Melbourne Now

December 4, 2013 by J-Wire Staff
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Melbourne Now is a current exhibition at the National Gallery of Victoria assembling over 250 outstanding commissions, acquired and loaned works and installations, Melbourne Now explores the idea that a city is significantly shaped by the artists, designers and architects who live and work in its midst.

It reflects the complexity of Melbourne and its unique and dynamic cultural identity, considering a diverse range of creative practice as well as the cross- disciplinary work occurring in Melbourne today.

Previewing the exhibition today, Minister for the Arts Heidi Victoria said the contemporary art celebration will make an impact on the city like never before.

“It is often stated that Melbourne is Australia’s cultural capital. Melbourne Now is set to prove this yet again,” Ms Victoria said.

“Bringing together over 400 artists, architects and product, fashion and jewellery designers, the exhibition will spread over the National Gallery of Victoria’s two sites and venues across Melbourne, for an unprecedented celebration of the creative minds that have shaped our city.”

Tony Ellwood, Director, NGV, said, “We are very proud to be able to present Melbourne Now. It is an opportunity for us all to discover and enjoy some of the best of Melbourne’s culture, to appreciate the diversity of practice and to celebrate what is unique about our creative communities. We are very proud to introduce design and architectural components within the context of the exhibition that place these important areas of practice in a wider survey of contemporary art. Reflecting a new way of working for the NGV, dance and sound will also be introduced into the Gallery spaces.”

Melbourne Now signals a change for the NGV. Mr Ellwood continued, “Melbourne Now has provided us with an opportunity to evolve as an institution and provide new opportunities for our artists and designers. As part of this we have introduced a range of works that invite participation from the widest possible audience. This includes nine highly engaging children’s commissions throughout Melbourne Now as well as our own


Community Hall project, a highly participatory space designed by McBride Charles Ryan where we welcome you to share, create and learn in a daily rotating program of free workshops, talks, catwalks and show’n’tells.”

A collaborative approach between curators, artists and creative practitioners has been encouraged, fostering new ideas, works and presentations that reflect the increasingly cross-disciplinary nature of work occurring in Melbourne today. This spirit of collaboration has also extended to supporters of the NGV who have partnered with artists to realise projects that have been designed specifically for Melbourne Now.

Ms Victoria said the program, which will run until March 2014, offers something for all tastes and all ages.

“The exhibition will surprise and reward visitors again and again, and what is even more exciting is that it’s all free. The Victorian Coalition Government is proud to support this program and I encourage you all to explore, experience and be inspired by, the very best of Melbourne Now!” Ms Victoria said.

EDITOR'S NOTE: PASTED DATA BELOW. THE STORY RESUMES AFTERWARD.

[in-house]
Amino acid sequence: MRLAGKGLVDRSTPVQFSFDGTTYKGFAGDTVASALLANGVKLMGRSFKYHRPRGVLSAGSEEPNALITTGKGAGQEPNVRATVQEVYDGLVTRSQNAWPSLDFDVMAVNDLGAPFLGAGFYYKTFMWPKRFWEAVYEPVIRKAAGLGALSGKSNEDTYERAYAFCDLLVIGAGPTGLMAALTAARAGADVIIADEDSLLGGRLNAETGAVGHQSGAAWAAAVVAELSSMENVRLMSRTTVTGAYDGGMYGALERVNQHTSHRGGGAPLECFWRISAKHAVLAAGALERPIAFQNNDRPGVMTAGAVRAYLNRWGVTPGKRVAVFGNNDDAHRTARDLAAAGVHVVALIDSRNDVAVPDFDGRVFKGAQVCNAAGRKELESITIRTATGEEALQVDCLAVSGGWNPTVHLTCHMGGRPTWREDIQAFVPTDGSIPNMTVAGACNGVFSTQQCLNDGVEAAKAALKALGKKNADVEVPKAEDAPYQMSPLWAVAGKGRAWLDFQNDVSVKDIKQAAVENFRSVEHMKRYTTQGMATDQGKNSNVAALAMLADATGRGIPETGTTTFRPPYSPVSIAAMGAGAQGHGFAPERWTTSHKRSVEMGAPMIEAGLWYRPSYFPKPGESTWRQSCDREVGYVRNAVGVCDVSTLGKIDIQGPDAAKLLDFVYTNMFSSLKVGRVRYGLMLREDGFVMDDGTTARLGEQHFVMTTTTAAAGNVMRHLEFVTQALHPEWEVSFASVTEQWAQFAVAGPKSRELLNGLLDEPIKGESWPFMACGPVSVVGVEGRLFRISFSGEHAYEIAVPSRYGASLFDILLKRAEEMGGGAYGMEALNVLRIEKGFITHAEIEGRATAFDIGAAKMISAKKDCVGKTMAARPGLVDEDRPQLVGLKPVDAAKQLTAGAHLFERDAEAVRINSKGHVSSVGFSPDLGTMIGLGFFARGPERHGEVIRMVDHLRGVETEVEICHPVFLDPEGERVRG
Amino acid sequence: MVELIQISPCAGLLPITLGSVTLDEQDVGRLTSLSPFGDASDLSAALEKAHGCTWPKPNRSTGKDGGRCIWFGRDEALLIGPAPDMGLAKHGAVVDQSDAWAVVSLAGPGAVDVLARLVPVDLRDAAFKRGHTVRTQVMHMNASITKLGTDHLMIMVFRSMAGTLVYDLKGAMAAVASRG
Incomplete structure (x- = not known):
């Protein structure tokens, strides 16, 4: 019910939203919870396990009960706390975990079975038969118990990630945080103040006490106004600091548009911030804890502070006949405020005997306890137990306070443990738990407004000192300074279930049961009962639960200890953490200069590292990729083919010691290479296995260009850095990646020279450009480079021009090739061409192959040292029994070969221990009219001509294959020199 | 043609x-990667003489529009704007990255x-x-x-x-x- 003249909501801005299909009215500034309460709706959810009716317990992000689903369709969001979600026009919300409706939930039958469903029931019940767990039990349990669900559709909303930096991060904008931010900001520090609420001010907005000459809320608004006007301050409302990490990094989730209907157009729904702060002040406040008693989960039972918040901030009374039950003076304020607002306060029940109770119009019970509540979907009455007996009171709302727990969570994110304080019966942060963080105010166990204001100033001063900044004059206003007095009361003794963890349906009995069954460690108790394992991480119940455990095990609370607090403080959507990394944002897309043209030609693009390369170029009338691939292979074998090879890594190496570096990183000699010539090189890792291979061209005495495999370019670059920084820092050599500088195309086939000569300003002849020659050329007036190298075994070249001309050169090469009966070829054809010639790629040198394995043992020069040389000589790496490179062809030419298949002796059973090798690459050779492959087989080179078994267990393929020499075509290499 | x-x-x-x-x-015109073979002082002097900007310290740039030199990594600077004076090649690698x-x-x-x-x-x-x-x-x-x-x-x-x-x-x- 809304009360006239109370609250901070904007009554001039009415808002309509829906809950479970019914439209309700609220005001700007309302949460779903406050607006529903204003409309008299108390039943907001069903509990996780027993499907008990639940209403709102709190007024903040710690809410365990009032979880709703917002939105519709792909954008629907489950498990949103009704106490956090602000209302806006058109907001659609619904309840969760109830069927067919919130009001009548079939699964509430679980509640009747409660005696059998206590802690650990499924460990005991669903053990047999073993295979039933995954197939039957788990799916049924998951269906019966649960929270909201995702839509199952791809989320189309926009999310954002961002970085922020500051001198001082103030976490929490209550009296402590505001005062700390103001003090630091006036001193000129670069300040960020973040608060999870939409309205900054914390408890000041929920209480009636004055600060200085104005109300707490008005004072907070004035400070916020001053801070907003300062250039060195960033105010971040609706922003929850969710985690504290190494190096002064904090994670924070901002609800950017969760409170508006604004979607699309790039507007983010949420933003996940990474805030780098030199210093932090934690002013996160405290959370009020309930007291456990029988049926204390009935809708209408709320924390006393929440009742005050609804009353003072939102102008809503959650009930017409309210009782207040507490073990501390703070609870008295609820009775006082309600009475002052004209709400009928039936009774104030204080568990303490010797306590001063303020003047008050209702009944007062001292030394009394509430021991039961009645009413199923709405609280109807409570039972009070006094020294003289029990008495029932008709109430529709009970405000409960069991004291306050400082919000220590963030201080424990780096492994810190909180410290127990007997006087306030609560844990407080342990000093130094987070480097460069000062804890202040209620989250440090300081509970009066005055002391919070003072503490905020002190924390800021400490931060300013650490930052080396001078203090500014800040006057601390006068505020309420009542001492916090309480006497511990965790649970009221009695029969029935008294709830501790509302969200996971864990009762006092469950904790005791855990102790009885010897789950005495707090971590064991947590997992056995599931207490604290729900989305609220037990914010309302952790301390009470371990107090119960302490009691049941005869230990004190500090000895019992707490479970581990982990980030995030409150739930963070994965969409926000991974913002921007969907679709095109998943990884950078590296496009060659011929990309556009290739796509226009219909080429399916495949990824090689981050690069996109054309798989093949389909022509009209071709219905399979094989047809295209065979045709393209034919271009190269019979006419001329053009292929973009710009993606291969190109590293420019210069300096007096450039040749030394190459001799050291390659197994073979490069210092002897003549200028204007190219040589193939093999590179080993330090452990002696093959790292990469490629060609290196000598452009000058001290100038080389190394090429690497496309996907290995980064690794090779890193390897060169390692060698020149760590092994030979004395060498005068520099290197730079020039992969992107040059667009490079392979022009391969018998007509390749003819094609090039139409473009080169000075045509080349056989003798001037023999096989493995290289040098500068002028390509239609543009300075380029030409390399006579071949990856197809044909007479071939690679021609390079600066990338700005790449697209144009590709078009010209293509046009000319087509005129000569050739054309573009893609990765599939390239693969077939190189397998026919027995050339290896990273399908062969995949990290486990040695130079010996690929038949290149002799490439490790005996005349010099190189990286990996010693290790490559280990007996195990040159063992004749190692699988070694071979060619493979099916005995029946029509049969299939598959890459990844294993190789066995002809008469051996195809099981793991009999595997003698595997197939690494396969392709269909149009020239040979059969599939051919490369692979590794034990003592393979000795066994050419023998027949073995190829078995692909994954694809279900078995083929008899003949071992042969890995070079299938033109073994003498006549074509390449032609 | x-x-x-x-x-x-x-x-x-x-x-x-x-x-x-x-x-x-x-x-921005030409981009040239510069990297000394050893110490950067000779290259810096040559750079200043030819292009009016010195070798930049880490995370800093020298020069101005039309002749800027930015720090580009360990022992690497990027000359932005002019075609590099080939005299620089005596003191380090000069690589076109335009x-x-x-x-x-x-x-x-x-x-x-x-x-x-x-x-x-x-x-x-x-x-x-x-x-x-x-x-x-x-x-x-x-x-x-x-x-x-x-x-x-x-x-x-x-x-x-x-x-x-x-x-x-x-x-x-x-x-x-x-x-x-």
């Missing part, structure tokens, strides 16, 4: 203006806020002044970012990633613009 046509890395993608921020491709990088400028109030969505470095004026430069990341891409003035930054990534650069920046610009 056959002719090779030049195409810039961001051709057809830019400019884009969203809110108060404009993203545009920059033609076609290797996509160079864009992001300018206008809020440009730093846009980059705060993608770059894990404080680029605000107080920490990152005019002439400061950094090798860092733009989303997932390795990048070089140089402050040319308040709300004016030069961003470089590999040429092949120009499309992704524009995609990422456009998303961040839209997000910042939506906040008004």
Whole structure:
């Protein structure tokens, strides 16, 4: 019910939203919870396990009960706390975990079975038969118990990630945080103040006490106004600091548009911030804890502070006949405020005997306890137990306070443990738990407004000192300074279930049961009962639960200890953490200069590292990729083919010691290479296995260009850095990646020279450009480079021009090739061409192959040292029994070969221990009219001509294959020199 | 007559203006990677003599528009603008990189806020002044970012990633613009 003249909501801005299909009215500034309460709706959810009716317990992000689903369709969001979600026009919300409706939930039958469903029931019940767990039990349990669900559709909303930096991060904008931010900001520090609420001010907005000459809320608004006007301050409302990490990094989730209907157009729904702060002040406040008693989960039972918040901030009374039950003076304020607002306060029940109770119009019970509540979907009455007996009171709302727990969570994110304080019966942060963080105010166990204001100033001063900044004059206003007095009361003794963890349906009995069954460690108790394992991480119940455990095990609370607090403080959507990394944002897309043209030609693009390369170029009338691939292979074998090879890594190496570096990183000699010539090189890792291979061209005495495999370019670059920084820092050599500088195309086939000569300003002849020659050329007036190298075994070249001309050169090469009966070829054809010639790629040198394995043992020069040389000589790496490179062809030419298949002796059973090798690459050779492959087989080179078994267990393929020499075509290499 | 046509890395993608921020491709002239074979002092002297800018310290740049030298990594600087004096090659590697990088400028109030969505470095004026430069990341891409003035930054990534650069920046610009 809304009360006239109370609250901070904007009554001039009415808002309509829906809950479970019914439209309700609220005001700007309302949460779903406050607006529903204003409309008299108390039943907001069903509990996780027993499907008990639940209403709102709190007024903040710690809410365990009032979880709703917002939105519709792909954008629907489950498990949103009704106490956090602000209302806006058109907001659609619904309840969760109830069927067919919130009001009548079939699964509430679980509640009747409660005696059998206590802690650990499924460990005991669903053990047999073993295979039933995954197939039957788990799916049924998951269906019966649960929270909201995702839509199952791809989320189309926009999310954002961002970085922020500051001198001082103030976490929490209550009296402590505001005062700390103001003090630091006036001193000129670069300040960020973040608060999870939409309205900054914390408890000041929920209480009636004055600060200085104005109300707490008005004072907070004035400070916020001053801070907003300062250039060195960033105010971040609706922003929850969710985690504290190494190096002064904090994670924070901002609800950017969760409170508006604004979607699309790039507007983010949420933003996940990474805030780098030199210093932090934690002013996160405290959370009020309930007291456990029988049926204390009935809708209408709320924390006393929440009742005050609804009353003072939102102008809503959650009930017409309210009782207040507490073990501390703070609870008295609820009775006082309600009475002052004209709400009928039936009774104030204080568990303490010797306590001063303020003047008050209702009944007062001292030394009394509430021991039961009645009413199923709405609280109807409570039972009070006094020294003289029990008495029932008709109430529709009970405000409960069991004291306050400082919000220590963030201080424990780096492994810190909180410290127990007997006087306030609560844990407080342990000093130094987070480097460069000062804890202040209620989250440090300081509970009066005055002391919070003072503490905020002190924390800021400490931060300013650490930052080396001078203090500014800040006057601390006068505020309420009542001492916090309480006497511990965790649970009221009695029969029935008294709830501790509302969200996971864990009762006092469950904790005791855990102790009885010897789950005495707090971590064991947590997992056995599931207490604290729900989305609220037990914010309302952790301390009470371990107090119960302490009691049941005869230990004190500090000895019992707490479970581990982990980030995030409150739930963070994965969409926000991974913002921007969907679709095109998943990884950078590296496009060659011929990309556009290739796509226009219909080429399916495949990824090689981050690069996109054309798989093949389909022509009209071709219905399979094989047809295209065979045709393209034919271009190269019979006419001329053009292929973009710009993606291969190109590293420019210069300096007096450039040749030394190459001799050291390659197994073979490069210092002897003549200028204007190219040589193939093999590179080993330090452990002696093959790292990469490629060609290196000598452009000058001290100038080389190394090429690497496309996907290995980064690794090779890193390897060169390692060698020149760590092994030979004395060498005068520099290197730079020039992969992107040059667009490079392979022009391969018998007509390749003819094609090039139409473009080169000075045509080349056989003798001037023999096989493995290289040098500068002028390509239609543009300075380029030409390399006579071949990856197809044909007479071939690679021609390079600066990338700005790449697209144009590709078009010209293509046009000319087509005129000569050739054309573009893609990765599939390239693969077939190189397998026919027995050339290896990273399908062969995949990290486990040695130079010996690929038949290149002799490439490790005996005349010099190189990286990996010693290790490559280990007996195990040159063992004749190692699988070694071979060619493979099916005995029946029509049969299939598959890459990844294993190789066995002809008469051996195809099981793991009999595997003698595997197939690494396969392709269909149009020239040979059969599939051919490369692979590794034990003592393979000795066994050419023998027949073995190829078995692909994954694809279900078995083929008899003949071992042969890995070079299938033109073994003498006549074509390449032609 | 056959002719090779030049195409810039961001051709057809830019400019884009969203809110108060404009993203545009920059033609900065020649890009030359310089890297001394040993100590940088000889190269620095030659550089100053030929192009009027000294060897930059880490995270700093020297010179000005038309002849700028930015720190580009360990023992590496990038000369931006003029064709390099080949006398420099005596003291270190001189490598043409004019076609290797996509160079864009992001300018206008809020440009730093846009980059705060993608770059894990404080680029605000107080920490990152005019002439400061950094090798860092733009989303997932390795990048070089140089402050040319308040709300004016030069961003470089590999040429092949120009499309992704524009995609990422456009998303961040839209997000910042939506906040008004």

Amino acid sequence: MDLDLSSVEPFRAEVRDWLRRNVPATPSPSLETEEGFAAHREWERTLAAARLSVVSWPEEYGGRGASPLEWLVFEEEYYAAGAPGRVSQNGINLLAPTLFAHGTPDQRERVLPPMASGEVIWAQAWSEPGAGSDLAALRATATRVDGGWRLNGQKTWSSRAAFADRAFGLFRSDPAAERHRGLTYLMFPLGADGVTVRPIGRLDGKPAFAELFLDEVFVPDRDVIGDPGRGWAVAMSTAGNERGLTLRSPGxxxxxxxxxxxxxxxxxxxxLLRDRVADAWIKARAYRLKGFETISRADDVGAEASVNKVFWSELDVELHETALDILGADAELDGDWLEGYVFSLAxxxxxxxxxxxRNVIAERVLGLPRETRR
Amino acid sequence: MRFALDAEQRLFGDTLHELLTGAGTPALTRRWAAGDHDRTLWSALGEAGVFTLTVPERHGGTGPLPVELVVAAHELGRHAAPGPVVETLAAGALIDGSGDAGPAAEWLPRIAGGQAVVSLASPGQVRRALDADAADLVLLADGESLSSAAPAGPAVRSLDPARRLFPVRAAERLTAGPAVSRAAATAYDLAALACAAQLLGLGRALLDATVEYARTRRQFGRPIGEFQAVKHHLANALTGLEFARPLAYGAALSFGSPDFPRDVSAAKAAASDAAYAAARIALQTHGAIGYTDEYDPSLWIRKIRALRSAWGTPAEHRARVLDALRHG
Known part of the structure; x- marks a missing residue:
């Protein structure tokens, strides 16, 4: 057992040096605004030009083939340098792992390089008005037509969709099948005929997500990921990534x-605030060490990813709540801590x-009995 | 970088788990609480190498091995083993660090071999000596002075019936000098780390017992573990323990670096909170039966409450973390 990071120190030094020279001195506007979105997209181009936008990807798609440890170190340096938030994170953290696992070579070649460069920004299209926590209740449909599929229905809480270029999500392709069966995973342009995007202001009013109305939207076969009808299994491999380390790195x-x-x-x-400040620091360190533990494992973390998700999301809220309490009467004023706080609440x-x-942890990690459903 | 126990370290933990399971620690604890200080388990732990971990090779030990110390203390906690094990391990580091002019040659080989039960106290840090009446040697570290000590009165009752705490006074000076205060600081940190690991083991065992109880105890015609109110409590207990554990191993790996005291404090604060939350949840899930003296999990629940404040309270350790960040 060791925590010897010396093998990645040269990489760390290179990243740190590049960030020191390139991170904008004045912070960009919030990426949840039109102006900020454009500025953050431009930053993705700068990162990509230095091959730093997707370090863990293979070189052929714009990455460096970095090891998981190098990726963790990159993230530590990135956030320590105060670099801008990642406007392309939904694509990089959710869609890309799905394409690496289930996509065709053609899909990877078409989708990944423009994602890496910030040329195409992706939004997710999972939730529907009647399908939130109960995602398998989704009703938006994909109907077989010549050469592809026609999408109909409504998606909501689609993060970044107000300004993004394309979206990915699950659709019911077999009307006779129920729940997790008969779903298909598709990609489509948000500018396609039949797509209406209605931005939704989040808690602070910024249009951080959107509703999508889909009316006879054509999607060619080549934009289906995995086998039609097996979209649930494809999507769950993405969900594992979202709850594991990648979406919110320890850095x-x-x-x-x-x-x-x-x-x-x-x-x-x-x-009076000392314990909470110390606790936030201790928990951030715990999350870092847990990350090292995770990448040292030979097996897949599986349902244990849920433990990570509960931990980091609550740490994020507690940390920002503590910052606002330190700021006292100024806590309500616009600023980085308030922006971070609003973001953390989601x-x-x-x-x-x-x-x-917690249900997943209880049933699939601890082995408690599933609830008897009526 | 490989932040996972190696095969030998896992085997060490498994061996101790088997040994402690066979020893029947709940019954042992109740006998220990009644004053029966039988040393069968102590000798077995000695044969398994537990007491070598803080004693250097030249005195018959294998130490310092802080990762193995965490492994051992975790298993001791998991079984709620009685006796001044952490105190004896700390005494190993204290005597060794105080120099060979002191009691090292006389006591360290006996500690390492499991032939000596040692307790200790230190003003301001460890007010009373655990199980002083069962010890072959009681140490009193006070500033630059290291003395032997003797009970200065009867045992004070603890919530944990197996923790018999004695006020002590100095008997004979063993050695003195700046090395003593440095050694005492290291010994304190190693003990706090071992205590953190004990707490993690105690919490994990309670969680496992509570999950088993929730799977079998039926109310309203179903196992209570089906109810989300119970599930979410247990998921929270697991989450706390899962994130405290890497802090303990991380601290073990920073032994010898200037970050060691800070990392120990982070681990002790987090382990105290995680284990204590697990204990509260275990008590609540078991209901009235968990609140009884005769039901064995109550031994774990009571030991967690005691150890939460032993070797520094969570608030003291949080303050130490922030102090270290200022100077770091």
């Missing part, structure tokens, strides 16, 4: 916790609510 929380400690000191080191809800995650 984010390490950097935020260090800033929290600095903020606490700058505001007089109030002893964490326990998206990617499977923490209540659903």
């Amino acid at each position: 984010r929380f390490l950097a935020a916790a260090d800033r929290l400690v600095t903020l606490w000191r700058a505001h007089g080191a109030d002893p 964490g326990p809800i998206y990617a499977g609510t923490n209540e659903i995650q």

Melbourne Now would not have been possible without the generosity of government, organisations and individuals. Chief amongst these is the State Government of Victoria as well as our Principal Partner Mercedes- Benz; Major Partners Ernst & Young; Bank of Melbourne; City of Melbourne; Higgins Coatings; Learning Partner La Trobe University; and Partner the Australia Council for the Arts. This vital support, along with the generosity of Melbourne Now Champions the Dewhurst Family and Robin Campbell and Bruce Parncutt, Melbourne Now Major Donor the Spotlight Charitable Foundation as well as a number of individual donors and philanthropic foundations has allowed the NGV to stage this exhibition.

An example of Michelle's work

An example of Michelle’s work

Michelle Hamer is an architect-turned-textile artist whose work interrogates the vernacular of Melbourne’s civic landscape. Since 2005 Hamer has produced small-scale needlepoint tapestries that reference forms of text and signage in the urban environment. From road signs to graffiti to billboards and advertising, Hamer’s interest is in language and meaning, and her tapestries are a kind of social cartography. Journeying around specific sites, Hamer first takes endless snapshots before sifting and sorting through them, formulating a visual hypothesis which she later executes in material form.

Hamer’s contribution to Melbourne Now pairs works referencing local signage, Blame and punish the individual, 2013, and Can’t, 2013, with three earlier tapestries from her American series I Send Mixed Messages, 2013. While the contrasting palettes and particular nuances of typography, built architecture and native vegetation point to specific times and places, when amplified and dislocated Hamer’s chosen texts suggest a more universal narrative of perplexity and turmoil. The artist describes these powerful distillations as ‘revealing the small in-between moments that characterise everyday life’. DW



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